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by Saint Augustine

Confessions Theme of Pride

This pride isn't the kind that's in the name of love, unfortunately. Now, one seven deadly sin we can understand—but two? Well, if you're not going to confess your sins, then what are you going to confess? Pride doesn't get as much airtime in the Confessions as its friend Lust, but that seems to be because Augustine isn't as guilty of it as he is of lust. Also, lust is pretty easy to recognize, because it's an actual act. But we're a little sketchier on the details of pride-as-sin. How often do we even realize that we're guilty of being prideful? How much pride does one have to have in oneself before committing a sin?

Questions About Pride

  1. How is pride at odds with the kind of Christian that Augustine wants to be?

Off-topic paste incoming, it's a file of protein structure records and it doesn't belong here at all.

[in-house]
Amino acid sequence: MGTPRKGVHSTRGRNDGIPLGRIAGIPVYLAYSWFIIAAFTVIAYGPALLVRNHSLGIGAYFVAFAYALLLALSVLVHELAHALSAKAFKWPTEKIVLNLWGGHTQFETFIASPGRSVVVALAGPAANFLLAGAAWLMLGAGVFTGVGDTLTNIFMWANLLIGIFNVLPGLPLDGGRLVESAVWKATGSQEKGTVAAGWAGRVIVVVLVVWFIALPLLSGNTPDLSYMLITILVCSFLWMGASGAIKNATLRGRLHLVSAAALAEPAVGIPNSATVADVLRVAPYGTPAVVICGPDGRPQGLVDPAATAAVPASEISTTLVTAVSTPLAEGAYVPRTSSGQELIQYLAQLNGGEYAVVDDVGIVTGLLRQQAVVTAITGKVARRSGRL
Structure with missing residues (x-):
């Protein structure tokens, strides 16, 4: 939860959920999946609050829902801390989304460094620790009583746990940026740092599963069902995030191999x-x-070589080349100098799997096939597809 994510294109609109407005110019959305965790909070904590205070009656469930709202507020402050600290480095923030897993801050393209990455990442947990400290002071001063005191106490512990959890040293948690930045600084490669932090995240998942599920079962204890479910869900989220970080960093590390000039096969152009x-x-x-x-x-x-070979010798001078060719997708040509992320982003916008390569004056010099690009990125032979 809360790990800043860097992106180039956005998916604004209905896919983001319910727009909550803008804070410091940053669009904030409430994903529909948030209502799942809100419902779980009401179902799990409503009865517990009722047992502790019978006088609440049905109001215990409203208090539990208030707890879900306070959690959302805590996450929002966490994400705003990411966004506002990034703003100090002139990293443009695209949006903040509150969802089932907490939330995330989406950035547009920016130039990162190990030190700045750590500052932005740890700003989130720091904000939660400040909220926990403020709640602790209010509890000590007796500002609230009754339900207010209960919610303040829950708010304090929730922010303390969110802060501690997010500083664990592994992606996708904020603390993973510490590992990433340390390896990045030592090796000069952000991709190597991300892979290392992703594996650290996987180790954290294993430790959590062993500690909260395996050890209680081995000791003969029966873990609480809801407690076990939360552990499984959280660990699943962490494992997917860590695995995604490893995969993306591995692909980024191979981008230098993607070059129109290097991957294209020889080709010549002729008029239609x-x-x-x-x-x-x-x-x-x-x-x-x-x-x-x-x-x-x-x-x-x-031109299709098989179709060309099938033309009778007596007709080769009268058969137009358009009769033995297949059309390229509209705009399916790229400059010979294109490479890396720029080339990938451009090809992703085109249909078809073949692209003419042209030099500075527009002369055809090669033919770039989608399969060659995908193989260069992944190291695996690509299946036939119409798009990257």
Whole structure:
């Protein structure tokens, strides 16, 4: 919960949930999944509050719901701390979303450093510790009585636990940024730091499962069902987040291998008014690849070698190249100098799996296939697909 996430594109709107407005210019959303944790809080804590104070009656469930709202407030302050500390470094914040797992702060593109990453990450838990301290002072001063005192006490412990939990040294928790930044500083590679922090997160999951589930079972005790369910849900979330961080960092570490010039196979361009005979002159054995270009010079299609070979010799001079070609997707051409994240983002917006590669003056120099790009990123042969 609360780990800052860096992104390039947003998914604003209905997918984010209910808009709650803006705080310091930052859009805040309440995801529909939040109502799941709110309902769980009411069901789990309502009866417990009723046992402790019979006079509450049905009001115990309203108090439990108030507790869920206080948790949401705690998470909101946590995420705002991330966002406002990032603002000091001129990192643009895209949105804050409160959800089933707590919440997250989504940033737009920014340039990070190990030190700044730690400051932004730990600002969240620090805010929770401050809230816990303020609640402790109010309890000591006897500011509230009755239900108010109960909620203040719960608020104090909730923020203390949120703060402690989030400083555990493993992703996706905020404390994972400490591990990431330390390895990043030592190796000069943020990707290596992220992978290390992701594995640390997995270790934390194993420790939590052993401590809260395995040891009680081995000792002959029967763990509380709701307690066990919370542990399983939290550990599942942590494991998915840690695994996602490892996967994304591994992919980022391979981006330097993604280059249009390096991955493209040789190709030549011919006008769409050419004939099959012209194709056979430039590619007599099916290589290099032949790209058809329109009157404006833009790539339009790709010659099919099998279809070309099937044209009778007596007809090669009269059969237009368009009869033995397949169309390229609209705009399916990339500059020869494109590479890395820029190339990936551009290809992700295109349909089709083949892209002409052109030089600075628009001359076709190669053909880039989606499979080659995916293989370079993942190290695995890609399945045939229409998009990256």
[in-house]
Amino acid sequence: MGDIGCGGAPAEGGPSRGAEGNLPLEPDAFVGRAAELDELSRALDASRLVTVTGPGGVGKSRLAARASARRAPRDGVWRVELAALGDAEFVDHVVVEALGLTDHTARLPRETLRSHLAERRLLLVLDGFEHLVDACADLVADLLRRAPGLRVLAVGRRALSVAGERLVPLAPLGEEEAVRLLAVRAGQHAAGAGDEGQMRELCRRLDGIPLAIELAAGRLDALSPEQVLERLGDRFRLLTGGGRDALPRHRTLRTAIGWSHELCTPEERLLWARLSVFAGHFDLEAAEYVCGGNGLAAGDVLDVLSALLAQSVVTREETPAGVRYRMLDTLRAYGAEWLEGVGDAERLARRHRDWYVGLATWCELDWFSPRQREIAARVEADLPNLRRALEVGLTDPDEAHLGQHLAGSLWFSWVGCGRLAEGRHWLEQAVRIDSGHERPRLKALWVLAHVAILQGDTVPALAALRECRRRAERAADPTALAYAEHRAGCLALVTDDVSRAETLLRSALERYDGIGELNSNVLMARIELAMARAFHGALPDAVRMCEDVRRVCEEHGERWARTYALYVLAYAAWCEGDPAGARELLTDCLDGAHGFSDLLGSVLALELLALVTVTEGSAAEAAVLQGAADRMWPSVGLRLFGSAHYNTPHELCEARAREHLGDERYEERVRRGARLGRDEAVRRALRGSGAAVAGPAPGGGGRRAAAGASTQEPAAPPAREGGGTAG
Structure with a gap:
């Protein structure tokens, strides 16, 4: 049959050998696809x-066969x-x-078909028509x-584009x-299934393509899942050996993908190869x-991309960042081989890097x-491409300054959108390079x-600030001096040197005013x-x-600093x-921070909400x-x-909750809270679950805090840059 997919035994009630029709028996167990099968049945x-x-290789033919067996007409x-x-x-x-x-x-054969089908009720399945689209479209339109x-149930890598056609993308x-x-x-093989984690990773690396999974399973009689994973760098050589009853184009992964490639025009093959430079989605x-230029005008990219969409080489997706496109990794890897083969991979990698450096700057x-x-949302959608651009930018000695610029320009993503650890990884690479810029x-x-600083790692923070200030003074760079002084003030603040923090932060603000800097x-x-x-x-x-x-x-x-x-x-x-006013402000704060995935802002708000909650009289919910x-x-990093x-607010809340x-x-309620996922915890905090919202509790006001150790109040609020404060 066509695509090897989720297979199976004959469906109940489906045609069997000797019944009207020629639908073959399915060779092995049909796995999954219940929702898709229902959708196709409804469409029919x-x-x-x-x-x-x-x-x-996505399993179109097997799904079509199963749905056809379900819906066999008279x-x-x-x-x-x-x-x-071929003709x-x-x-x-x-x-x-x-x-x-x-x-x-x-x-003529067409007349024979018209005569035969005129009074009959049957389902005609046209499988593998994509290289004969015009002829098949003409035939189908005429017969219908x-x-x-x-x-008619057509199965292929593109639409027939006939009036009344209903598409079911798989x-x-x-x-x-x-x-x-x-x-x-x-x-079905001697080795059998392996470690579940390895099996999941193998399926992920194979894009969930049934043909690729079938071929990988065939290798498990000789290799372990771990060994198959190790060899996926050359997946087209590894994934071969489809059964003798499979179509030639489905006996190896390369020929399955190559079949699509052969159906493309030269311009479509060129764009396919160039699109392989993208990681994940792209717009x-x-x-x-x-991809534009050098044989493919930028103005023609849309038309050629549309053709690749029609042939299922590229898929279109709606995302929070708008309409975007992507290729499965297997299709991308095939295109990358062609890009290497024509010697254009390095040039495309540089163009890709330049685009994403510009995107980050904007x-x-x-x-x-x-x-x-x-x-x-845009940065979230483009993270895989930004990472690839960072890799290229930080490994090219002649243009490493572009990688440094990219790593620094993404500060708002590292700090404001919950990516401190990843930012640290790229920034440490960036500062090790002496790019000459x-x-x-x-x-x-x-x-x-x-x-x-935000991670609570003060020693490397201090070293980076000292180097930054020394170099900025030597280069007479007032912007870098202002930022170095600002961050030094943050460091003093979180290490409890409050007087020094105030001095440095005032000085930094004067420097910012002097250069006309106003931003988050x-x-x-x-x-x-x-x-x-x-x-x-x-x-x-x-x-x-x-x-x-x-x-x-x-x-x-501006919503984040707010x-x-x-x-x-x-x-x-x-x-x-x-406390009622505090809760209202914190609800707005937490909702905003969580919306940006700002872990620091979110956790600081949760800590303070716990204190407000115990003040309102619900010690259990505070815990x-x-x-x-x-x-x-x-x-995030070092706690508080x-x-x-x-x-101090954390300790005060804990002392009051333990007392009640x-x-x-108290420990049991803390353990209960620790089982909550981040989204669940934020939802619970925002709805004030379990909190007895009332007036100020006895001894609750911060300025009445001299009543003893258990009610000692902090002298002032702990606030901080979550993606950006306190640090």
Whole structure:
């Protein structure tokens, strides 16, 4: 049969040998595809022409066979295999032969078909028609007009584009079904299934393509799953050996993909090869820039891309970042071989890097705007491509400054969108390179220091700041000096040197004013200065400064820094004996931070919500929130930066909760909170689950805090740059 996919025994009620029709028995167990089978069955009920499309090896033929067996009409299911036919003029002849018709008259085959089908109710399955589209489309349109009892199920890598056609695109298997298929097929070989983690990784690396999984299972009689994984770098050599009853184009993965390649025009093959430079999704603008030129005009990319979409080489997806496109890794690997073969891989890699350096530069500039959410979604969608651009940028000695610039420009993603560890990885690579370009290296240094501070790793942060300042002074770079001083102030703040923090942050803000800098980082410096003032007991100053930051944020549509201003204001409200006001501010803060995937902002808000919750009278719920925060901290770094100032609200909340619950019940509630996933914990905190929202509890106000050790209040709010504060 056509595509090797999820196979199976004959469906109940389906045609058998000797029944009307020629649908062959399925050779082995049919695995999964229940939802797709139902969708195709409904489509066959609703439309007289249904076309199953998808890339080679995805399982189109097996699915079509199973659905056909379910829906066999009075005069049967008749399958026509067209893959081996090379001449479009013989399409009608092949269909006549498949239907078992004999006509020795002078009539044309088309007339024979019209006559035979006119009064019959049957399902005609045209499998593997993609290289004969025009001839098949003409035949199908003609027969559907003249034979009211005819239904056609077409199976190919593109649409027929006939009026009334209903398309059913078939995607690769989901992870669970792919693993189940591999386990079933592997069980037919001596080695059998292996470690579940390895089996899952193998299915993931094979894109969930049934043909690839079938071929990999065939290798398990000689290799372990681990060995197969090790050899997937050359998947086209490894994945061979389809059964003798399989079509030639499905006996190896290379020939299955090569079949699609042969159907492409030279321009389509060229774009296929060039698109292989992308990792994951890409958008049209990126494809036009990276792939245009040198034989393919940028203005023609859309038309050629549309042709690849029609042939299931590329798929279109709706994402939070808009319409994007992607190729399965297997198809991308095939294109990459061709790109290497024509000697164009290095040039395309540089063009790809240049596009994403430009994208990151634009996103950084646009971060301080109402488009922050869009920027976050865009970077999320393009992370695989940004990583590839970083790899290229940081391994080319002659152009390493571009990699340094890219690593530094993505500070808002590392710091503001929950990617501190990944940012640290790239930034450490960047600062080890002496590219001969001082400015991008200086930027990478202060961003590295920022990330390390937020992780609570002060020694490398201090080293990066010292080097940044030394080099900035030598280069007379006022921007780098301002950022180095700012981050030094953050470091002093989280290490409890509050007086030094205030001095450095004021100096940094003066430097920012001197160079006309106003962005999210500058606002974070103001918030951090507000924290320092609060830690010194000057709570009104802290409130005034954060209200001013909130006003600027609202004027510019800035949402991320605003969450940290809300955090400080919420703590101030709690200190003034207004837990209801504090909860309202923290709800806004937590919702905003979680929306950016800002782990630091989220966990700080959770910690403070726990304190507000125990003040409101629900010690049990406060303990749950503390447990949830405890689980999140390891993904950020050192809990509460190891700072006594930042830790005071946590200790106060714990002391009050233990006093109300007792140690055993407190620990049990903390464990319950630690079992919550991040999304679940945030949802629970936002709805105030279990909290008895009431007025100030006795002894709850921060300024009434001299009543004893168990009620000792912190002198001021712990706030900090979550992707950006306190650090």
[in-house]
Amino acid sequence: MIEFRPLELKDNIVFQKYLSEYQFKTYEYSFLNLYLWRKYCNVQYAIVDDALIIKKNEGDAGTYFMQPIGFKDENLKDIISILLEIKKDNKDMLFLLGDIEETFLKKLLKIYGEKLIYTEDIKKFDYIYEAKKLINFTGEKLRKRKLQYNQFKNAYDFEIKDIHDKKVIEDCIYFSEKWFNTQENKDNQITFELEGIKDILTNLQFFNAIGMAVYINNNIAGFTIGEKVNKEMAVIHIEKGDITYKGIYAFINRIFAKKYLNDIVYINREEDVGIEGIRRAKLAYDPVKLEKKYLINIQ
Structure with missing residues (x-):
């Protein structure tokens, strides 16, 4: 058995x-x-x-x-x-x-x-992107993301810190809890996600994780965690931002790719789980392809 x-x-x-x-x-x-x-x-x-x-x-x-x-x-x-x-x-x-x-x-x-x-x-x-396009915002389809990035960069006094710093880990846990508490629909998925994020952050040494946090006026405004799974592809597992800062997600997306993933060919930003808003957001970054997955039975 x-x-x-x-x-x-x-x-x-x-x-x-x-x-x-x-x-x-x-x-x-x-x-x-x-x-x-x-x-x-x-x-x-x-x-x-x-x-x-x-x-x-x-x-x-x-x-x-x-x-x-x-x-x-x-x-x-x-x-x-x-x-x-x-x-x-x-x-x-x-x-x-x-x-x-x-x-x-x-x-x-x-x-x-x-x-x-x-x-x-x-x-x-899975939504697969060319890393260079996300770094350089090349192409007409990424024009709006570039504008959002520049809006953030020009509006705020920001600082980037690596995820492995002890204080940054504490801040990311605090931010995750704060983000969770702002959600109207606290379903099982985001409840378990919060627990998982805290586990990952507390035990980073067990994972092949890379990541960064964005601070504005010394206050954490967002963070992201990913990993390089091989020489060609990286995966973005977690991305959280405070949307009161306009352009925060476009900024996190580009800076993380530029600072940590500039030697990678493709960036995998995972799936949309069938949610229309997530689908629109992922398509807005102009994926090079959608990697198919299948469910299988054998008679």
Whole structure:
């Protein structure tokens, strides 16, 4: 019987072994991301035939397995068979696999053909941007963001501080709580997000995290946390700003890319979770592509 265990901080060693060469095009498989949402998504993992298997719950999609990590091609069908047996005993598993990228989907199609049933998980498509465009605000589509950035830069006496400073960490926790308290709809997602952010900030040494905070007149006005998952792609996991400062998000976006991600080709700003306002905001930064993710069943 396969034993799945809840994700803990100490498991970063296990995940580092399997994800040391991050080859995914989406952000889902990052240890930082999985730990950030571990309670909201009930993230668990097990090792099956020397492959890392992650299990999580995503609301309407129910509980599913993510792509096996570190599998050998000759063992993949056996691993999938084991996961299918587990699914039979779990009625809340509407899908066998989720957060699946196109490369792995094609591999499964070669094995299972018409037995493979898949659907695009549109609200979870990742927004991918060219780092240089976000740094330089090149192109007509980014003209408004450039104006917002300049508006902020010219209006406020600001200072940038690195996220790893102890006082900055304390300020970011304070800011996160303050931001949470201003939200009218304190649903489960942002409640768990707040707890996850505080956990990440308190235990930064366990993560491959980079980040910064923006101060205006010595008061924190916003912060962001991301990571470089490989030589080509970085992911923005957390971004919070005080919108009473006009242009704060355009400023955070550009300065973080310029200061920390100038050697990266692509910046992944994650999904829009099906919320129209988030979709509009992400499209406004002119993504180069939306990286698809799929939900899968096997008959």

2. Why doesn't pride pose the same barrier as lust does to Augustine's conversion?
  3. In what ways is Augustine guilty of pride? Does he demonstrate it in the book?
  4. According to Augustine, how does pride affect a person's acceptance of God or the truth?

Chew on This

Try on an opinion or two, start a debate, or play the devil’s advocate.

Pride is the antithesis to confession in the Confessions.

Augustine is more adamant about condemning the proud than he is about condemning people for other things.

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